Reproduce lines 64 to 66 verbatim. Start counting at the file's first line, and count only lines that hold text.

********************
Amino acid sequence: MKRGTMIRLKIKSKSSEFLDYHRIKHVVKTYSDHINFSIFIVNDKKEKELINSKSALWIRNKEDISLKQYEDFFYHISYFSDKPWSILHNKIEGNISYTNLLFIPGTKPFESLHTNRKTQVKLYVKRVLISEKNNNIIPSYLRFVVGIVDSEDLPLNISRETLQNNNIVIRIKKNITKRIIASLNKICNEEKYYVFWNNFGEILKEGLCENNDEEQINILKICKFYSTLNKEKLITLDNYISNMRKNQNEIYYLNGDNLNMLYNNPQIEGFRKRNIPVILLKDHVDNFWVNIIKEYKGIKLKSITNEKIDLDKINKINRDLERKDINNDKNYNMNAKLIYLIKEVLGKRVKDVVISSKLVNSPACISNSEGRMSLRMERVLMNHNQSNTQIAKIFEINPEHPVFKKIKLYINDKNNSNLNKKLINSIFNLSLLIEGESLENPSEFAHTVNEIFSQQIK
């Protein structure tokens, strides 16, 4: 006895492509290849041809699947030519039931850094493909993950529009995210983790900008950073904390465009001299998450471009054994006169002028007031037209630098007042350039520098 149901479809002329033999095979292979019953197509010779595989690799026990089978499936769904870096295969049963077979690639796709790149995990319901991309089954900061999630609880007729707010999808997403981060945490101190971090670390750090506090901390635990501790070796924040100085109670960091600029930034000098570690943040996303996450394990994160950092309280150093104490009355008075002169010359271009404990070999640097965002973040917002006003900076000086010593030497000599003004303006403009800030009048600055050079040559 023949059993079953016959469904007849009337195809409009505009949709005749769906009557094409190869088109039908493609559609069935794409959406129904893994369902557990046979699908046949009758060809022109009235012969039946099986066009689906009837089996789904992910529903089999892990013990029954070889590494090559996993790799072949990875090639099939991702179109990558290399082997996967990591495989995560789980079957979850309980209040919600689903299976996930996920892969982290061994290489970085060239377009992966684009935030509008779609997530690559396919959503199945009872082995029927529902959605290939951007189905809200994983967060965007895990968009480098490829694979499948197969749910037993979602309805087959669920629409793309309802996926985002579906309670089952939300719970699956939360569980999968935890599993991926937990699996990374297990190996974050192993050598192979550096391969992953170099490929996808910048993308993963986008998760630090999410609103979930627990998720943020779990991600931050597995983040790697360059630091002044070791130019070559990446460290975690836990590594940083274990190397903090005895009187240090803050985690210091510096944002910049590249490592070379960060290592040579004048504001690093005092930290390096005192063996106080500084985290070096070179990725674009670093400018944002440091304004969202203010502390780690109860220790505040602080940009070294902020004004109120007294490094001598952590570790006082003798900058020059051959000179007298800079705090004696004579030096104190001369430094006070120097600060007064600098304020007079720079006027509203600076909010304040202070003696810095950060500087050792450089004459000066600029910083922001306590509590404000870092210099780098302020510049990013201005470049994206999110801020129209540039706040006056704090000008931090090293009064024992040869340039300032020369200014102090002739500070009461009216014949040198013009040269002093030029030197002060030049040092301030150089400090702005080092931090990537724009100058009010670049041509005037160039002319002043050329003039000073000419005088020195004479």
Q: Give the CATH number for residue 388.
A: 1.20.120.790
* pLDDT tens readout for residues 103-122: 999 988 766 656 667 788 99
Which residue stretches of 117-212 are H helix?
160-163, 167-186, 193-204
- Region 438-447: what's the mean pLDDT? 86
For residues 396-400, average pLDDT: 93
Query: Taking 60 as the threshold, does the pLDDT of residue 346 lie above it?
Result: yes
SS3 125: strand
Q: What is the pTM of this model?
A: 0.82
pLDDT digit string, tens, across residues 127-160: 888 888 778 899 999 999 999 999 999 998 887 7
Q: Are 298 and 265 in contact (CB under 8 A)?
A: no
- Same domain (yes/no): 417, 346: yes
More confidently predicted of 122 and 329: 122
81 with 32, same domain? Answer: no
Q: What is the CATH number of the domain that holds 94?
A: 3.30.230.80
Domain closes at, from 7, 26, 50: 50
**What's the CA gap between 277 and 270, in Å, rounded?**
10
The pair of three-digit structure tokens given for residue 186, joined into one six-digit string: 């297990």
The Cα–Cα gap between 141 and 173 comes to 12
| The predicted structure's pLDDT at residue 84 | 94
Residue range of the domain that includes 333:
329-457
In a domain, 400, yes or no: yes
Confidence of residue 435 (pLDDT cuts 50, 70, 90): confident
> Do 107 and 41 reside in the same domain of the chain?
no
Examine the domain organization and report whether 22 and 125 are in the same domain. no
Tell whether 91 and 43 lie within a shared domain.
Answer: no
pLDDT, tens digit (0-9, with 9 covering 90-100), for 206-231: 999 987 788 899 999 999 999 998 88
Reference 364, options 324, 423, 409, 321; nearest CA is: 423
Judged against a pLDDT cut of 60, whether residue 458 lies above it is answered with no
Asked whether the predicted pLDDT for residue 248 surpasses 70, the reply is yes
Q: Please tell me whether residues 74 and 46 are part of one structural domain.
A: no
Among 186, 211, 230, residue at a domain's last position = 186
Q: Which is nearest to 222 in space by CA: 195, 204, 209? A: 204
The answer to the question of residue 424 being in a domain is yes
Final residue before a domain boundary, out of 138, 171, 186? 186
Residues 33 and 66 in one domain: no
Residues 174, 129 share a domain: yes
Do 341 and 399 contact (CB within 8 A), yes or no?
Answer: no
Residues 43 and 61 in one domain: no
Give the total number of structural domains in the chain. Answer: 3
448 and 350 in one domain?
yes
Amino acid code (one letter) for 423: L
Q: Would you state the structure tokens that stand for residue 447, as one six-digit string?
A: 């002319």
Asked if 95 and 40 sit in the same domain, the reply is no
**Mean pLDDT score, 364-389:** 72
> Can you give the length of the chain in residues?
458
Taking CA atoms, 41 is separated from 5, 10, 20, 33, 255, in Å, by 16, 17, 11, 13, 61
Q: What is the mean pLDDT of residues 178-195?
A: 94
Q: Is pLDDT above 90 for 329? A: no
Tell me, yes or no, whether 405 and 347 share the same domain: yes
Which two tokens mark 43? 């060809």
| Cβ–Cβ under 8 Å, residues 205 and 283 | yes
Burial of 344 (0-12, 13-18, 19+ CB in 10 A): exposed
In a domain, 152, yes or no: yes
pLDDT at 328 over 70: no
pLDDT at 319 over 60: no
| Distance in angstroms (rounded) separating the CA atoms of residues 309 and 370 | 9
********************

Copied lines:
Q: What is the mean pLDDT of residues 178-195?
A: 94
Q: Is pLDDT above 90 for 329? A: no